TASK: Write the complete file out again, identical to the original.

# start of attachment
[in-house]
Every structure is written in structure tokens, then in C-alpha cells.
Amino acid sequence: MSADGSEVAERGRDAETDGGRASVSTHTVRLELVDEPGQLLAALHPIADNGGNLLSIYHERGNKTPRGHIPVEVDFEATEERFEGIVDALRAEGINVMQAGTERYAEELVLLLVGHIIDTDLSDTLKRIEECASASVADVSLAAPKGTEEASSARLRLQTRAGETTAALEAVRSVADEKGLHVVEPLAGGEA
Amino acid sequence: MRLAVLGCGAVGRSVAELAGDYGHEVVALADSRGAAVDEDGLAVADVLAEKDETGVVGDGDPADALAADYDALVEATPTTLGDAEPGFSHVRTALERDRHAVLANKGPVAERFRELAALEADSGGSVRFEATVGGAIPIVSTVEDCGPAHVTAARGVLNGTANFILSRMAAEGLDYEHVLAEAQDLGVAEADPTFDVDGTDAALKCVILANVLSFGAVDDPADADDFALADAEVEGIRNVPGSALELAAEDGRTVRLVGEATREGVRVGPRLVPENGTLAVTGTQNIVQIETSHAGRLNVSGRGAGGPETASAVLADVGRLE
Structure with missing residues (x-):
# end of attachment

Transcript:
[in-house]
Every structure is written in structure tokens, then in C-alpha cells.
Amino acid sequence: MSADGSEVAERGRDAETDGGRASVSTHTVRLELVDEPGQLLAALHPIADNGGNLLSIYHERGNKTPRGHIPVEVDFEATEERFEGIVDALRAEGINVMQAGTERYAEELVLLLVGHIIDTDLSDTLKRIEECASASVADVSLAAPKGTEEASSARLRLQTRAGETTAALEAVRSVADEKGLHVVEPLAGGEA
Amino acid sequence: MRLAVLGCGAVGRSVAELAGDYGHEVVALADSRGAAVDEDGLAVADVLAEKDETGVVGDGDPADALAADYDALVEATPTTLGDAEPGFSHVRTALERDRHAVLANKGPVAERFRELAALEADSGGSVRFEATVGGAIPIVSTVEDCGPAHVTAARGVLNGTANFILSRMAAEGLDYEHVLAEAQDLGVAEADPTFDVDGTDAALKCVILANVLSFGAVDDPADADDFALADAEVEGIRNVPGSALELAAEDGRTVRLVGEATREGVRVGPRLVPENGTLAVTGTQNIVQIETSHAGRLNVSGRGAGGPETASAVLADVGRLE
Structure with missing residues (x-):